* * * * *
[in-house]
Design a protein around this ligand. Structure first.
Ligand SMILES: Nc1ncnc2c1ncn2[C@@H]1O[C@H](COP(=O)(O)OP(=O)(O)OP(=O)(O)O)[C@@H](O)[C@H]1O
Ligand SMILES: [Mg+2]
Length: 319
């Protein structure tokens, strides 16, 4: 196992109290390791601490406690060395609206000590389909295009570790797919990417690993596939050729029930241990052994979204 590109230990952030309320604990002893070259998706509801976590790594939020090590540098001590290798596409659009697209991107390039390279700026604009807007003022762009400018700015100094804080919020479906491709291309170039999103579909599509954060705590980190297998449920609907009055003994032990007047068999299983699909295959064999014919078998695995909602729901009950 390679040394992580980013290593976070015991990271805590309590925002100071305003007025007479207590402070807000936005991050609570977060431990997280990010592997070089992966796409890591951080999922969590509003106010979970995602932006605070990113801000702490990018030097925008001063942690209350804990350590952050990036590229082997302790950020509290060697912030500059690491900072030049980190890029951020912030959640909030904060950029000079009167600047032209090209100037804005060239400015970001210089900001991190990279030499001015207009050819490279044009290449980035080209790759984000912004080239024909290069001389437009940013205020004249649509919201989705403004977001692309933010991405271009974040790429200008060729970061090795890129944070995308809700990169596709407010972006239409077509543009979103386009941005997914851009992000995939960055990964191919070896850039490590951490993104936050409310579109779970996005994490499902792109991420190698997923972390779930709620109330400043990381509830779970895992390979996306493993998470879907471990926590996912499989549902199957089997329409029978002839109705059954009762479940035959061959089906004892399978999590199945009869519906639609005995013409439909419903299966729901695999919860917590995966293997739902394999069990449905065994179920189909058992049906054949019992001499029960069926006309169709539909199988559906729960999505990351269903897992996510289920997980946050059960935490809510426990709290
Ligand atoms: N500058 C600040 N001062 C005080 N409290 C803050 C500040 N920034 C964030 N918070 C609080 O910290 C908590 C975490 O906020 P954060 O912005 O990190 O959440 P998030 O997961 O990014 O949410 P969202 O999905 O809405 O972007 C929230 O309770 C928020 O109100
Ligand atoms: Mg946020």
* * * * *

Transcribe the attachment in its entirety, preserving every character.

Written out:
[in-house]
Design a protein around this ligand. Structure first.
Ligand SMILES: Nc1ncnc2c1ncn2[C@@H]1O[C@H](COP(=O)(O)OP(=O)(O)OP(=O)(O)O)[C@@H](O)[C@H]1O
Ligand SMILES: [Mg+2]
Length: 319
């Protein structure tokens, strides 16, 4: 196992109290390791601490406690060395609206000590389909295009570790797919990417690993596939050729029930241990052994979204 590109230990952030309320604990002893070259998706509801976590790594939020090590540098001590290798596409659009697209991107390039390279700026604009807007003022762009400018700015100094804080919020479906491709291309170039999103579909599509954060705590980190297998449920609907009055003994032990007047068999299983699909295959064999014919078998695995909602729901009950 390679040394992580980013290593976070015991990271805590309590925002100071305003007025007479207590402070807000936005991050609570977060431990997280990010592997070089992966796409890591951080999922969590509003106010979970995602932006605070990113801000702490990018030097925008001063942690209350804990350590952050990036590229082997302790950020509290060697912030500059690491900072030049980190890029951020912030959640909030904060950029000079009167600047032209090209100037804005060239400015970001210089900001991190990279030499001015207009050819490279044009290449980035080209790759984000912004080239024909290069001389437009940013205020004249649509919201989705403004977001692309933010991405271009974040790429200008060729970061090795890129944070995308809700990169596709407010972006239409077509543009979103386009941005997914851009992000995939960055990964191919070896850039490590951490993104936050409310579109779970996005994490499902792109991420190698997923972390779930709620109330400043990381509830779970895992390979996306493993998470879907471990926590996912499989549902199957089997329409029978002839109705059954009762479940035959061959089906004892399978999590199945009869519906639609005995013409439909419903299966729901695999919860917590995966293997739902394999069990449905065994179920189909058992049906054949019992001499029960069926006309169709539909199988559906729960999505990351269903897992996510289920997980946050059960935490809510426990709290
Ligand atoms: N500058 C600040 N001062 C005080 N409290 C803050 C500040 N920034 C964030 N918070 C609080 O910290 C908590 C975490 O906020 P954060 O912005 O990190 O959440 P998030 O997961 O990014 O949410 P969202 O999905 O809405 O972007 C929230 O309770 C928020 O109100
Ligand atoms: Mg946020």